14What we need to do in next few months Formally merge laboratories to reach >35,000…Develop bidsConsider technology platforms (but prices won’t be available until September)Address colposcopy capacity issuesRe-write local protocolsAdopt national template leafletsEducate primary care/sample takersIdentify a Pathway Manager in each laboratoryAmend laboratory systems to cater for new result & action codes
15New DH standard Acute Contract from April 2011- implications for cancer screening Cancer waiting times62 day target for screen detected cancers must be met in 90% of cases, cf 85% for symptomatic 2WW31 day targets forFirst definitive treatment (96%)Second and subsequent treatmentsSurgery (94%) and drugs (98%)Radiotherapy live from 1 January 2011 (94%)Breaches of all cancer waits will incur below target levels will incur fine to Trust of 2% of ‘Actual Outturn Value of service line revenue’Staging data:Mandatory inclusion in dataset sent to Cancer RegistryNeed to ensure recorded at gynae MDM
16Training sample takers New training scheme organised by SECQARCQuality-accredited by Universities of Brighton & SurreyMore course planned for 2011On-line update schemeTakes about 1 hourUpdates on changes to programme and what to tell womenUptake of e-learning high in Kent & Medway but more work needed to raise awareness in Surrey & SussexContent reviewed annually - will now need to include HPV testingBMJ Learning: 6 free CPD modules on cancer screening
17No news on… Revised protocol for invasive cancer audit Audit of experiences of young women (<30) with cervical cancerNext QADs meeting 5 May
18NHSCSP Audit of Invasive Cervical Cancer, National Report, 2007-2010 DRAFT 6,173 cases of cervical cancer and 21,481 controls,90% overlap with cancer registry dataApproximately 80% of all cases within screening age-range (25-64). Peak number in women aged 35-3923% of cases had no stage recorded in audit45% of cases in women aged are diagnosed with FIGO Stage 1A and 73% of these are treated by cone biopsy.60% of women > 65 with cervical cancer are FIGO Stage 2 or worse.About three quarters of cervical cancers are of squamous histology.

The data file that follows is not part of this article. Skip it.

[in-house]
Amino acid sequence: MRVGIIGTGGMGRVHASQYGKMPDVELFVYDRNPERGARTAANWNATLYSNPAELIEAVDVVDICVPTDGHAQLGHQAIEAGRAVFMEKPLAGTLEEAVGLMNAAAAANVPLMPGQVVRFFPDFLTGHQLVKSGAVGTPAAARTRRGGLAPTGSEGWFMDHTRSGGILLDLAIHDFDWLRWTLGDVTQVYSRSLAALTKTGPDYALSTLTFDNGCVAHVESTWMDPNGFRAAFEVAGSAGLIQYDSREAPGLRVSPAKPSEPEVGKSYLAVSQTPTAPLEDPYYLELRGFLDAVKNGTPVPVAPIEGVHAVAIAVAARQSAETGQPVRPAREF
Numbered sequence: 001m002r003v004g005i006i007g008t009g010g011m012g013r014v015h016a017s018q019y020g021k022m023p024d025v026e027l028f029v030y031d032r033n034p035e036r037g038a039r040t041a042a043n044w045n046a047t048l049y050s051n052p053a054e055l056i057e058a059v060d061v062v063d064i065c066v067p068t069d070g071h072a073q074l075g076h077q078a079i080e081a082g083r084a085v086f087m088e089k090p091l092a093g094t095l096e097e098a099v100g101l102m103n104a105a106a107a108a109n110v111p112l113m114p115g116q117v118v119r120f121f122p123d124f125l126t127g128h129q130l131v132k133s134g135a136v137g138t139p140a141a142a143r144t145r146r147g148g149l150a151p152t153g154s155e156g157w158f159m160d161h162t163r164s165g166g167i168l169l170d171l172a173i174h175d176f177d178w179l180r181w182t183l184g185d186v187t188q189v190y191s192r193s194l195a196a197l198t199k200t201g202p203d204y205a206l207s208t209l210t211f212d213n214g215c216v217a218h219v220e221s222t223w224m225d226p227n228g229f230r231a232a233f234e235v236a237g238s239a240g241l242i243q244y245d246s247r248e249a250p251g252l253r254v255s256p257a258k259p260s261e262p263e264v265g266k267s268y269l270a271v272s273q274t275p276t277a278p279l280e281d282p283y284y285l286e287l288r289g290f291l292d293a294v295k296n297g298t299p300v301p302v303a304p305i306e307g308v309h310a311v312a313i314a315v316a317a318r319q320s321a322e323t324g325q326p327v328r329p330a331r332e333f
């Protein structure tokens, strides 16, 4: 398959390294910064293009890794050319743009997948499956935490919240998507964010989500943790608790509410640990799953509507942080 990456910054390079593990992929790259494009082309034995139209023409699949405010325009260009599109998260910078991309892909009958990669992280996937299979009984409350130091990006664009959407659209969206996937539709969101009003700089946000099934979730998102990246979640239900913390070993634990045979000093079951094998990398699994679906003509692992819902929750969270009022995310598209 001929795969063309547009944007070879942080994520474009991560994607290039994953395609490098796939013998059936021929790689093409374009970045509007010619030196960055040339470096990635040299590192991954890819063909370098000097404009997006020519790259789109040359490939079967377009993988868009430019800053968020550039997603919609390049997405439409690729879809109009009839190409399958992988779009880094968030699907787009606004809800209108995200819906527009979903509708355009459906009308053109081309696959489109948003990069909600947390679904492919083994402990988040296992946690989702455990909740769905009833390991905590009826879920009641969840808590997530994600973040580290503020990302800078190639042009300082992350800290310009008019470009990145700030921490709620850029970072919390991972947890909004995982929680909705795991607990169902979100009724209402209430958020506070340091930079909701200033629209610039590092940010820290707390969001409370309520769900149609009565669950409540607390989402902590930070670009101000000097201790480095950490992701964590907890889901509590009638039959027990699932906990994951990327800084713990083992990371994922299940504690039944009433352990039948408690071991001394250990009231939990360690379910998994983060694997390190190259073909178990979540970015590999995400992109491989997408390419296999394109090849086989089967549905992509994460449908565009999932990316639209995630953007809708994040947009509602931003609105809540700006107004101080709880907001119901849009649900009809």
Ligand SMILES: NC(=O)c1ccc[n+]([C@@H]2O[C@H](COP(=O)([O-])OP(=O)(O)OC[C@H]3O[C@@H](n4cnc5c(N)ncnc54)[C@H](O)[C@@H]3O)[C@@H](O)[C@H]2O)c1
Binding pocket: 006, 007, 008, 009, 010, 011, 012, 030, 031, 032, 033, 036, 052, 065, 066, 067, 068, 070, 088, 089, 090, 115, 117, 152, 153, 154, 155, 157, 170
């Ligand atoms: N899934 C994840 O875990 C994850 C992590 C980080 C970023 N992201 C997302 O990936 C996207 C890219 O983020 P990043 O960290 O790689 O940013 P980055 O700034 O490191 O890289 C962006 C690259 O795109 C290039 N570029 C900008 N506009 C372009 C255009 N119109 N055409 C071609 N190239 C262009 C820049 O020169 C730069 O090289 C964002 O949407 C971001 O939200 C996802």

19Attempt to classify women’s screening histories 28% of cases with invasive cervical cancer stage 1A and 28% of those with stage 1B or worse occurred despite apparent adherence to screening guidelines (i.e. their screening history is up to date).Much higher proportion of population controls complied with the screening guidelines (60%) than cases (28%). They were also more likely to have been screened (13% of controls had no screening history compared to 17% of cancers stage 1A and 23% of those stage 1B+).
20Colposcopy in ICAColposcopy data ‘particularly challenging to collect and the variability in the quality of the data included in this Audit has made its interpretation challenging’Colposcopy data is of particular interest in women who had a cytology test indicating referral to colposcopy more than 4 months before diagnosis, because it suggests a recurrence of a previously treated cervical abnormality or delay in the diagnostic procedure.While 69% of all cervical cancers in the Audit had cytology with an action code of suspend, only in 21% (1290 cases) of them was the cytology taken more than 4 months before diagnosis. Complete colposcopy data on this subset of cases is essential to evaluate colposcopy management as part of the Audit.
21Trent Cancer Registry / NCIN / NHSCSP publication Incidence has halved and mortality decreased by 2/3 in 20 yearsIncidence reduction has levelled off in recent yearsNorth/south divide in both incidence and mortality by SHA and cancer networkPoorer incidence and mortality associated with deprivation in PCT of residenceSome improvement in survival from mid 1980s82% 86% at 1 yr62-68% at 5 yrs
25Young women 1 year: 96% at 15-39 cf 52% aged >80 Incidence in women aged increased by 77% between and 2008Incidence in women aged increased by 29%...Mortality in these age groups stabilised…Relative survival much worse in older women:1 year: 96% at cf 52% aged >805 year: 86% at cf 27% aged >80